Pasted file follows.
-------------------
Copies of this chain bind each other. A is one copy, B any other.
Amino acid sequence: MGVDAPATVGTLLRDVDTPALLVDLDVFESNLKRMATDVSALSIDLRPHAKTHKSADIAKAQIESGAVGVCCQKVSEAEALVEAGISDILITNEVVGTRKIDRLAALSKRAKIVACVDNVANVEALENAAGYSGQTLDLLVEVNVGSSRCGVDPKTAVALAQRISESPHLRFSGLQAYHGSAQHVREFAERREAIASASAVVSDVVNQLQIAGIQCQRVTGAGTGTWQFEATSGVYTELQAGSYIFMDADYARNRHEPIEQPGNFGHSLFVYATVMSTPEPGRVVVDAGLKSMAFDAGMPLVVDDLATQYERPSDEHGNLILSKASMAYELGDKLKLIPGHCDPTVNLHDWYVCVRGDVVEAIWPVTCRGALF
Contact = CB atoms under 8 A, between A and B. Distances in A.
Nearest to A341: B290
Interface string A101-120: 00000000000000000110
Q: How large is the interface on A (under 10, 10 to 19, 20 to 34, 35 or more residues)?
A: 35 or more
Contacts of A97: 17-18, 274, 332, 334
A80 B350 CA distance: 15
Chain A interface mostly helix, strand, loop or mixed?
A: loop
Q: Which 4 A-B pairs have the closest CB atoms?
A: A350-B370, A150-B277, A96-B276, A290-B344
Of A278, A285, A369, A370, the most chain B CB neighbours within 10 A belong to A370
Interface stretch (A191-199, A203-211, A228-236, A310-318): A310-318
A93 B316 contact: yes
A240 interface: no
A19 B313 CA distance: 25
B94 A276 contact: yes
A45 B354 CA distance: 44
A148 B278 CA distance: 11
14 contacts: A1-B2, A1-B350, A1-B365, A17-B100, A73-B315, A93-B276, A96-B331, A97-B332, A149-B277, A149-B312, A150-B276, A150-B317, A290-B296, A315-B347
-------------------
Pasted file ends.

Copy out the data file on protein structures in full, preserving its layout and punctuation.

Copies of this chain bind each other. A is one copy, B any other.
Amino acid sequence: MGVDAPATVGTLLRDVDTPALLVDLDVFESNLKRMATDVSALSIDLRPHAKTHKSADIAKAQIESGAVGVCCQKVSEAEALVEAGISDILITNEVVGTRKIDRLAALSKRAKIVACVDNVANVEALENAAGYSGQTLDLLVEVNVGSSRCGVDPKTAVALAQRISESPHLRFSGLQAYHGSAQHVREFAERREAIASASAVVSDVVNQLQIAGIQCQRVTGAGTGTWQFEATSGVYTELQAGSYIFMDADYARNRHEPIEQPGNFGHSLFVYATVMSTPEPGRVVVDAGLKSMAFDAGMPLVVDDLATQYERPSDEHGNLILSKASMAYELGDKLKLIPGHCDPTVNLHDWYVCVRGDVVEAIWPVTCRGALF
Contact = CB atoms under 8 A, between A and B. Distances in A.
Nearest to A341: B290
Interface string A101-120: 00000000000000000110
Q: How large is the interface on A (under 10, 10 to 19, 20 to 34, 35 or more residues)?
A: 35 or more
Contacts of A97: 17-18, 274, 332, 334
A80 B350 CA distance: 15
Chain A interface mostly helix, strand, loop or mixed?
A: loop
Q: Which 4 A-B pairs have the closest CB atoms?
A: A350-B370, A150-B277, A96-B276, A290-B344
Of A278, A285, A369, A370, the most chain B CB neighbours within 10 A belong to A370
Interface stretch (A191-199, A203-211, A228-236, A310-318): A310-318
A93 B316 contact: yes
A240 interface: no
A19 B313 CA distance: 25
B94 A276 contact: yes
A45 B354 CA distance: 44
A148 B278 CA distance: 11
14 contacts: A1-B2, A1-B350, A1-B365, A17-B100, A73-B315, A93-B276, A96-B331, A97-B332, A149-B277, A149-B312, A150-B276, A150-B317, A290-B296, A315-B347